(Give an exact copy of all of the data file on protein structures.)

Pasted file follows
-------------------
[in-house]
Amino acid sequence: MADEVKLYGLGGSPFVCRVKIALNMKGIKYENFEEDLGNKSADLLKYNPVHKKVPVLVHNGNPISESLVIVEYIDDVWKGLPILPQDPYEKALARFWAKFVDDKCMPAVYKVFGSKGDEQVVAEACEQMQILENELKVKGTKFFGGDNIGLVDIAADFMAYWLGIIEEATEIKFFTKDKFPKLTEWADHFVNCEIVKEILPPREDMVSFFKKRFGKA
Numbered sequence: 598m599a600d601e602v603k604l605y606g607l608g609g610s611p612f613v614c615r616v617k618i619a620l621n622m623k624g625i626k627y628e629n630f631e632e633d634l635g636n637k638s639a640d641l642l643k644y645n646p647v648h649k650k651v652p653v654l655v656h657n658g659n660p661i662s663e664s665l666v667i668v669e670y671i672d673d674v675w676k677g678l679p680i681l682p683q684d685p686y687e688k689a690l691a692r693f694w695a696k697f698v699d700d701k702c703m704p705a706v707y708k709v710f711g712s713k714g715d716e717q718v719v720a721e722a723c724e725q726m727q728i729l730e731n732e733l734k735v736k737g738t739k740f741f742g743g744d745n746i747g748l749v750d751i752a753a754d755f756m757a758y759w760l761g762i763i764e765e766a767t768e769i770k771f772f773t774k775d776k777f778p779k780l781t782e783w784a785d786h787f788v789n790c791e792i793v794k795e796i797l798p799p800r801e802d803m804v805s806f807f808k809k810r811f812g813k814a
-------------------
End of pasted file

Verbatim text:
[in-house]
Amino acid sequence: MADEVKLYGLGGSPFVCRVKIALNMKGIKYENFEEDLGNKSADLLKYNPVHKKVPVLVHNGNPISESLVIVEYIDDVWKGLPILPQDPYEKALARFWAKFVDDKCMPAVYKVFGSKGDEQVVAEACEQMQILENELKVKGTKFFGGDNIGLVDIAADFMAYWLGIIEEATEIKFFTKDKFPKLTEWADHFVNCEIVKEILPPREDMVSFFKKRFGKA
Numbered sequence: 598m599a600d601e602v603k604l605y606g607l608g609g610s611p612f613v614c615r616v617k618i619a620l621n622m623k624g625i626k627y628e629n630f631e632e633d634l635g636n637k638s639a640d641l642l643k644y645n646p647v648h649k650k651v652p653v654l655v656h657n658g659n660p661i662s663e664s665l666v667i668v669e670y671i672d673d674v675w676k677g678l679p680i681l682p683q684d685p686y687e688k689a690l691a692r693f694w695a696k697f698v699d700d701k702c703m704p705a706v707y708k709v710f711g712s713k714g715d716e717q718v719v720a721e722a723c724e725q726m727q728i729l730e731n732e733l734k735v736k737g738t739k740f741f742g743g744d745n746i747g748l749v750d751i752a753a754d755f756m757a758y759w760l761g762i763i764e765e766a767t768e769i770k771f772f773t774k775d776k777f778p779k780l781t782e783w784a785d786h787f788v789n790c791e792i793v794k795e796i797l798p799p800r801e802d803m804v805s806f807f808k809k810r811f812g813k814a